The effect of the ruling of the Court in the case of Stewart v. Gorter, supra, is that the legislation in question shall be construed to carry out its policy; and will not be allowed to be thwarted by agreements or contractual provisions evasive of its purpose. If express agreements and provisions are not allowed to avoid the effect of the legislation in question the Courts will not be astute, in cases falling within the letter and terms of the law, to find reasons for wresting them from its operation by construction. In the case at bar the reason urged for holding the lease in controversy not subject to the operation of the statute, which has been set out, is without force. By its terms the statute applies to all leases of land for a longer period than fifteen years. No exception or qualification appears in it as it reads. Its purpose, as this Court has held, is "to break up" the system of irredeemable rents. Why is the lease here in controversy not within the reason and policy of such a law as it is within its letter? What sound reason can there be for making a distinction in legislation against the system of irredeemable leases between leases of land already built upon, and leases of land that is forthwith to be built upon? To put upon a measure intended to be prohibitory of such leases a construction making such a distinction would be to render the law utterly futile for the accomplishment of its object. The opportunity which would thereby be afforded for evading the operation of the law and nullifying its purpose is obvious; and is a controlling reason why such a construction should not be adopted.
The further inquiry now is what effect did the Act of 1888, ch. 395, which repealed and re-enacted the Act of 1884, ch. 485, and which, in turn was repealed and re-enacted by the Act of 1900, ch. 207, have upon the rights of the parties to the lease in controversy. The Act of 1884 in question was not, as has been contended, an Act in any way providing or denouncing a penalty. It was designed to regulate the making of a class of contracts affecting property rights of those owning and dealing in real estate and to establish a policy in relation thereto. The subsequent legislation of 1888 and 1900 repealing and re-enacting the Act of 1884, ch. 485, did not repeal it in the sense of obliterating it and doing away with its object and effect; but was enacted in furtherance of the object of the Act which it thus repealed and re-enacted. The latter was substantially re-enacted, and the main and fundamental provisions thereof were preseved and embodied in the new law. The change made was only in regulations affecting the practical operation of the law. This brings the case at bar within the principle laid down in the cases of Dashiell v. Mayor, c., of Balto., 45 Md. 615; Watts v. Pres. of Port Deposit, 46 Md. 500, and Gable Rusk, Trustees, c., v. Scott et al., 56 Md. 176, 182-3, which have declared the effect of laws repealing and re-enacting existing laws under Art. 3, § 29 of our Constitution and the legislative practice thereunder; and have held "that where a repealing law contains a substantial re-enactment of the previous law the operation of the latter continues uninterrupted."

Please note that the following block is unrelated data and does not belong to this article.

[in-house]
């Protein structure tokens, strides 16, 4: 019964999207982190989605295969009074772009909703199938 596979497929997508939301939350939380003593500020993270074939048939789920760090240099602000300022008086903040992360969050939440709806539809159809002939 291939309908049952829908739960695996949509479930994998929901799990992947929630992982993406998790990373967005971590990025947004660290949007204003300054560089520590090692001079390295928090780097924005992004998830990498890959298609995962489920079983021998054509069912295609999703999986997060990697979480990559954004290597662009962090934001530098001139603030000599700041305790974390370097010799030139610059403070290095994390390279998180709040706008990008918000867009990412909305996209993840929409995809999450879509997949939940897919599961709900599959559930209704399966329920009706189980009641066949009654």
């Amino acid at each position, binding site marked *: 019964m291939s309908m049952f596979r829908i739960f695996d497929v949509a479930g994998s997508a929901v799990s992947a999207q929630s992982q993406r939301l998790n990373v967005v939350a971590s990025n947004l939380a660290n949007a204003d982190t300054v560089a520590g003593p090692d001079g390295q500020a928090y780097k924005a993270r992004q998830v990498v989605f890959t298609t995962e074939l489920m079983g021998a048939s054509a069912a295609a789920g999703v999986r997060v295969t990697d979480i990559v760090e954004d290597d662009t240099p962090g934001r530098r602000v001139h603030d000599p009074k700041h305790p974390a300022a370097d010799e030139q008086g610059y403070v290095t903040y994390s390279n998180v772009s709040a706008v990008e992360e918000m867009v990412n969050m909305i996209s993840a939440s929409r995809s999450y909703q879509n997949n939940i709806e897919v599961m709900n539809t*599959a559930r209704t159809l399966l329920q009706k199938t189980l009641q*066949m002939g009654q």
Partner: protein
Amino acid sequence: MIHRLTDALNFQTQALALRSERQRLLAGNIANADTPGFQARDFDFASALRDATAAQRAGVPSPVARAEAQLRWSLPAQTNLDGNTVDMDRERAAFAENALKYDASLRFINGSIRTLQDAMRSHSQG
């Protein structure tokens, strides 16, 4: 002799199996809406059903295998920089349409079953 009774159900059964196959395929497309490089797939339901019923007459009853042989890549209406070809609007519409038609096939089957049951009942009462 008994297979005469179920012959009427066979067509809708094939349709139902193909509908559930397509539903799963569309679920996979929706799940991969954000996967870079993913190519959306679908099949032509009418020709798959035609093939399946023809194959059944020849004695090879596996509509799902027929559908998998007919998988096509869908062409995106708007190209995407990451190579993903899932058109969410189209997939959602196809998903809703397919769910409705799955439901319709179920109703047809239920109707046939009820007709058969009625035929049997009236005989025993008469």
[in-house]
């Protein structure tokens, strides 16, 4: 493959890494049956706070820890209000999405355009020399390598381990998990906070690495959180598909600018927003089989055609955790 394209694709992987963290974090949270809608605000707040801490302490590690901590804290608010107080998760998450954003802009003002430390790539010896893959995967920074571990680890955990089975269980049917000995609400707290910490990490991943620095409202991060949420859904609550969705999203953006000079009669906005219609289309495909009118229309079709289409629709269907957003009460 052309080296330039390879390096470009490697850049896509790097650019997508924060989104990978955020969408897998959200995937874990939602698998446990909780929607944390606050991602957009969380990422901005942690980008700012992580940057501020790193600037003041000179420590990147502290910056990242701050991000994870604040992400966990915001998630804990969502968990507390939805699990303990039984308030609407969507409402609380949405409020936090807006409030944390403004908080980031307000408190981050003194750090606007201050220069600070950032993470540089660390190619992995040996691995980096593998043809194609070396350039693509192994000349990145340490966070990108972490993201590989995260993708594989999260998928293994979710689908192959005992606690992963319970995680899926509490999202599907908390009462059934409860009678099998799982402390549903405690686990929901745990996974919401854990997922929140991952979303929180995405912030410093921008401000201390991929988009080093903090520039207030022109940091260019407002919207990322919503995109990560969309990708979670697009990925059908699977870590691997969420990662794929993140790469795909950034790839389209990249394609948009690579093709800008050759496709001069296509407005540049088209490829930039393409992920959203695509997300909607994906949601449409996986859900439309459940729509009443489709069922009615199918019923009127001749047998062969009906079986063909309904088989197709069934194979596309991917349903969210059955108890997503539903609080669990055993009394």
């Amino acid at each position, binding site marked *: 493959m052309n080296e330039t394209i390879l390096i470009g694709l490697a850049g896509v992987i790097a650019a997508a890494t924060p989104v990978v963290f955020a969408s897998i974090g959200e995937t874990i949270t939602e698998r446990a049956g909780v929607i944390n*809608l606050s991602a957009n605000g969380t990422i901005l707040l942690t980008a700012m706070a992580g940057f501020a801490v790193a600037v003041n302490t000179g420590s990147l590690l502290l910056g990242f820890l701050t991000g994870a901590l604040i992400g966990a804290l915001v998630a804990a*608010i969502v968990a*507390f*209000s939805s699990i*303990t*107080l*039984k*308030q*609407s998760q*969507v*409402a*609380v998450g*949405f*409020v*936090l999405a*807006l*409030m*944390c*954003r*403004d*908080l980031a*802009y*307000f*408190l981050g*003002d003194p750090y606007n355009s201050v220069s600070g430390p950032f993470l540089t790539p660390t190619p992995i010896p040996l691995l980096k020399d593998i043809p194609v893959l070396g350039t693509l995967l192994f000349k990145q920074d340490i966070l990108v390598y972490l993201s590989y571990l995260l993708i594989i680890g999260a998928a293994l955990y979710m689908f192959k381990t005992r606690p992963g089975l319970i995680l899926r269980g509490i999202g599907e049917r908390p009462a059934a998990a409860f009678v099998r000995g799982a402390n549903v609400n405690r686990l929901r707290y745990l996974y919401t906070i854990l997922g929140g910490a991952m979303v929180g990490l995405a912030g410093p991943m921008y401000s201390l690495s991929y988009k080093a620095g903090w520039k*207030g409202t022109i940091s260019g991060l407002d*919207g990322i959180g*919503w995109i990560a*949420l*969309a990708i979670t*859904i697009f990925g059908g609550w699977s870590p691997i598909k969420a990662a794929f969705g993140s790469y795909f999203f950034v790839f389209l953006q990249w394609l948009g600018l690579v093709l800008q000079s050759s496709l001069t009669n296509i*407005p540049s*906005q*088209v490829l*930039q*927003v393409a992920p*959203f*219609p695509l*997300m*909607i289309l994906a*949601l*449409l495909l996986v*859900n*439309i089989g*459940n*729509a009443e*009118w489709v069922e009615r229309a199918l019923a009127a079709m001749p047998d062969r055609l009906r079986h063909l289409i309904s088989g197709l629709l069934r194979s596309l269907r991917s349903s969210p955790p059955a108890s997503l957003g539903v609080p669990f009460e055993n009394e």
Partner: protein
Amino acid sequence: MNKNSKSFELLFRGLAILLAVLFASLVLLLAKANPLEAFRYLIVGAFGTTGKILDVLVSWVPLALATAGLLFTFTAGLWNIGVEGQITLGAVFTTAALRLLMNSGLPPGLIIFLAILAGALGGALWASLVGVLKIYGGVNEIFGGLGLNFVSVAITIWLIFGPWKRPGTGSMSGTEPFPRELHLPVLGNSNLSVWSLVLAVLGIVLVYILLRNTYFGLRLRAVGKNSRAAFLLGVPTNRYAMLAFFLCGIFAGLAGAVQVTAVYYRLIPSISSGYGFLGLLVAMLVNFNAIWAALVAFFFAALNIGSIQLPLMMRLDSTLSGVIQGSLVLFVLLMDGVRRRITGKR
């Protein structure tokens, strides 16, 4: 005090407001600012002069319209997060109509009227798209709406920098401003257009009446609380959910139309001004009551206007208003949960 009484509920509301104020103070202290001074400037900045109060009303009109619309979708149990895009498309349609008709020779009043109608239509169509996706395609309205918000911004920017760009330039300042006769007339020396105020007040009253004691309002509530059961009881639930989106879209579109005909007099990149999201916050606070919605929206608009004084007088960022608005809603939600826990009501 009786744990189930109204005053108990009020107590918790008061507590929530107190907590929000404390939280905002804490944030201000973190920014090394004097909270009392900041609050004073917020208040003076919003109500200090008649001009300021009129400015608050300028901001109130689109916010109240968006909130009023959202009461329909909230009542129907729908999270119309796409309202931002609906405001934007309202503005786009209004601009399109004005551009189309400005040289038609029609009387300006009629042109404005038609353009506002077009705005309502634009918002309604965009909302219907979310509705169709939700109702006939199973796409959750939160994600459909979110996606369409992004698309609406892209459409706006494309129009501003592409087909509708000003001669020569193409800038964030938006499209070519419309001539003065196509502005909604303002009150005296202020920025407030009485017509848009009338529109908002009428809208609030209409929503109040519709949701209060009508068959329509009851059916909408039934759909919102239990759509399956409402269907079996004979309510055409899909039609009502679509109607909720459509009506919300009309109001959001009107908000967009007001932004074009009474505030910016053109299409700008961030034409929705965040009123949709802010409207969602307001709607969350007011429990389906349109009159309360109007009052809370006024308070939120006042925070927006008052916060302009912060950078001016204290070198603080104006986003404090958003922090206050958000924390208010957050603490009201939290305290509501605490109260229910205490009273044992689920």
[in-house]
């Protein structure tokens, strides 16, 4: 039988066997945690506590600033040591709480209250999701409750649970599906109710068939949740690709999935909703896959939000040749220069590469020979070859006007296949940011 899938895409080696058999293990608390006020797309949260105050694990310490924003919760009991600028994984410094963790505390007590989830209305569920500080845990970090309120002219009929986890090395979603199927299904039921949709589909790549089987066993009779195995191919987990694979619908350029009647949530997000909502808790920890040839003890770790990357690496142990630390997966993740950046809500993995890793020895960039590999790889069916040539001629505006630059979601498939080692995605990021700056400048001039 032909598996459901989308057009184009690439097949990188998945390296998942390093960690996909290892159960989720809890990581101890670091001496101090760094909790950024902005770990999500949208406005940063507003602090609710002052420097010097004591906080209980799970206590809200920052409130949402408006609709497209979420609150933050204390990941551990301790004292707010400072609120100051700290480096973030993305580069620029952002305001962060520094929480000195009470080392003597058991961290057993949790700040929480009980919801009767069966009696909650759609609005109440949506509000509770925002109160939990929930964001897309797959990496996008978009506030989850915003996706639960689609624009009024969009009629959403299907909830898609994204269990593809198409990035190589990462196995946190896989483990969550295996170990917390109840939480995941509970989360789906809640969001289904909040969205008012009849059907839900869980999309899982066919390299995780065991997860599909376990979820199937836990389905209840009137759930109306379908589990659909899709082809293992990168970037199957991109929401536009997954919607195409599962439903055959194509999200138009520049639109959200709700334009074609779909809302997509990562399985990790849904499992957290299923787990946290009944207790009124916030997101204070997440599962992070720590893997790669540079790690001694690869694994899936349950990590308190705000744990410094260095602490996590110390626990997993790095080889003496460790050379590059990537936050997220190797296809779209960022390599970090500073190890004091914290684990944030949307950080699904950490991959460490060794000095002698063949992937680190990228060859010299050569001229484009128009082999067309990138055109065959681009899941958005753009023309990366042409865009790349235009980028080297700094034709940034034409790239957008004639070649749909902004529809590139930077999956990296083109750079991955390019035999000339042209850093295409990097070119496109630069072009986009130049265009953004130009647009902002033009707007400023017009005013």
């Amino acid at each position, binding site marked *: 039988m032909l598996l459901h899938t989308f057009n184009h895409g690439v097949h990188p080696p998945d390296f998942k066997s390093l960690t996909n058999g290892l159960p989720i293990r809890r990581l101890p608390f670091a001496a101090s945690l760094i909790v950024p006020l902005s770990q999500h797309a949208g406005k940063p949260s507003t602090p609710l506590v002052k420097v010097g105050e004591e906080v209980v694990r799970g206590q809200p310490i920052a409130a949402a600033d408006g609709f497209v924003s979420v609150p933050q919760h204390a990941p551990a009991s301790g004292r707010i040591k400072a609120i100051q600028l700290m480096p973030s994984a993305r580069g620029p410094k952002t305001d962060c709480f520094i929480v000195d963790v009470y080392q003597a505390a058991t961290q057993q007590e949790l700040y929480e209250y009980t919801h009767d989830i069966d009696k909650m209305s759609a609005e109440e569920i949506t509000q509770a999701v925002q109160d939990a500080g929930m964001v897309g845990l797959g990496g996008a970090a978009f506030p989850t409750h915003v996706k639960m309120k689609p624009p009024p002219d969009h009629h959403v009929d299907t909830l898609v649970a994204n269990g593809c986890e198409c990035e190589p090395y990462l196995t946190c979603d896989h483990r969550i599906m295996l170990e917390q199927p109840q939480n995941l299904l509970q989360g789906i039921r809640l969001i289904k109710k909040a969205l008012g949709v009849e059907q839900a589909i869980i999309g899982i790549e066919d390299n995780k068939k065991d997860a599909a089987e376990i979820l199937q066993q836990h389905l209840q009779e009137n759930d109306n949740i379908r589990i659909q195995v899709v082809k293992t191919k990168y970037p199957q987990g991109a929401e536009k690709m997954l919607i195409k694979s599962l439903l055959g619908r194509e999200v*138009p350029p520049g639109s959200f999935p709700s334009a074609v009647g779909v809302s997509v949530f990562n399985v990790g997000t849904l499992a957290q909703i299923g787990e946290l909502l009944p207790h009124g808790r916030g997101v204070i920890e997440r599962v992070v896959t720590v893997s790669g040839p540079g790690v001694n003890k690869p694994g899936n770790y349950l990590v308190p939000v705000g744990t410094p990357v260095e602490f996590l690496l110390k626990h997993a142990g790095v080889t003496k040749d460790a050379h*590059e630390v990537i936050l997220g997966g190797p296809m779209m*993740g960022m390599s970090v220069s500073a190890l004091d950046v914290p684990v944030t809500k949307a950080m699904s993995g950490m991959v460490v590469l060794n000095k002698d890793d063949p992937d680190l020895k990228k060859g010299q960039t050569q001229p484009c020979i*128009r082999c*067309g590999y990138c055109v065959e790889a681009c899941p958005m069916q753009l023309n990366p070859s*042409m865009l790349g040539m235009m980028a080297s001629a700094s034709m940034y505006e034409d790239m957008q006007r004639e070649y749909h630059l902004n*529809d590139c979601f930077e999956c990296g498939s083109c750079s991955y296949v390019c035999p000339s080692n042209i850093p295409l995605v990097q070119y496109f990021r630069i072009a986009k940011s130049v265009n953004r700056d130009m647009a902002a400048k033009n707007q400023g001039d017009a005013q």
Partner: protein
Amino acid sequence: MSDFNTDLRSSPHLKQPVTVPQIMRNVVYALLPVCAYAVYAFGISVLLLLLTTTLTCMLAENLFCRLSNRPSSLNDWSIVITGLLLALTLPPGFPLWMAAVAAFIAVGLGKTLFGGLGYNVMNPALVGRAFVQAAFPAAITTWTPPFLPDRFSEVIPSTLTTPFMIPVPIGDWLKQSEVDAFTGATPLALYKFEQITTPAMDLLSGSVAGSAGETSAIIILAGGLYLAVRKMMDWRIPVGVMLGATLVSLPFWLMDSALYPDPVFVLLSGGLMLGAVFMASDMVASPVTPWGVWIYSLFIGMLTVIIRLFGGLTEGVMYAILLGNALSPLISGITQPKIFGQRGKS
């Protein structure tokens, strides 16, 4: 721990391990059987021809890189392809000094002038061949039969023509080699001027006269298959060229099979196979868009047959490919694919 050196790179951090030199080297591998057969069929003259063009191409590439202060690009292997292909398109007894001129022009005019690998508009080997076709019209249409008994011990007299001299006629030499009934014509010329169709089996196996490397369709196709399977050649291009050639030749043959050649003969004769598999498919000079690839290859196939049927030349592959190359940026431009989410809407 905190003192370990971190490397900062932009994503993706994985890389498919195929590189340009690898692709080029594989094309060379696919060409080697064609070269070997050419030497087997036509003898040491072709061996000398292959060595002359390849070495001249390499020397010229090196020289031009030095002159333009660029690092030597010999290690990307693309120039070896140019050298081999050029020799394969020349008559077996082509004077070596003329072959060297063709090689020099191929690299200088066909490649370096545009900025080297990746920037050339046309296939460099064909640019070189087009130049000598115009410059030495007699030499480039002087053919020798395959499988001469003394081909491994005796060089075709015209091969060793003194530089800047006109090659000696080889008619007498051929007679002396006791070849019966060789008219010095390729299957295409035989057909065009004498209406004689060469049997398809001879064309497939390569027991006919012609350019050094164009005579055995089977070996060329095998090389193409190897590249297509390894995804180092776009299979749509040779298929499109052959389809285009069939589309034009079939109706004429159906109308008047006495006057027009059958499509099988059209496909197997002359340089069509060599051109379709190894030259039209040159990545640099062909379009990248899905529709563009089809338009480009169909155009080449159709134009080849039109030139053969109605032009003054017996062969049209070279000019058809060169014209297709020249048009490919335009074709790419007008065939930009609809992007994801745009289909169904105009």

It would, in itself, be a most unreasonable proposition that all leases made in the time intervening between the original and the amendatory Acts here in question are to be held as relieved from the operation of the law which at the time of their creation regulated and determined their effect and with reference to which the parties to them are to be supposed to have entered into them. Further than this it has been held by this Court as "settled by authority, that where rights are acquired under a statute, in the nature of a contract, or where there is a grant of power, a repeal of the statute will not divest the right or interest acquired, or annul acts done under it." Appeal Tax Court of Balto. City v. West. Md. R.R. Co., c., 50 Md. 274-295. In this case the rights of the parties before the Court, under the lease which is the subject of the controversy here, were fixed and determined by the law existing at the time of its creation and are not affected by the subsequent legislation to which reference has been made. The decree of the Court below is in accordance with this view and the same will be affirmed.
Decree affirmed with costs to the appellees.
(Decided July 2d 1903.)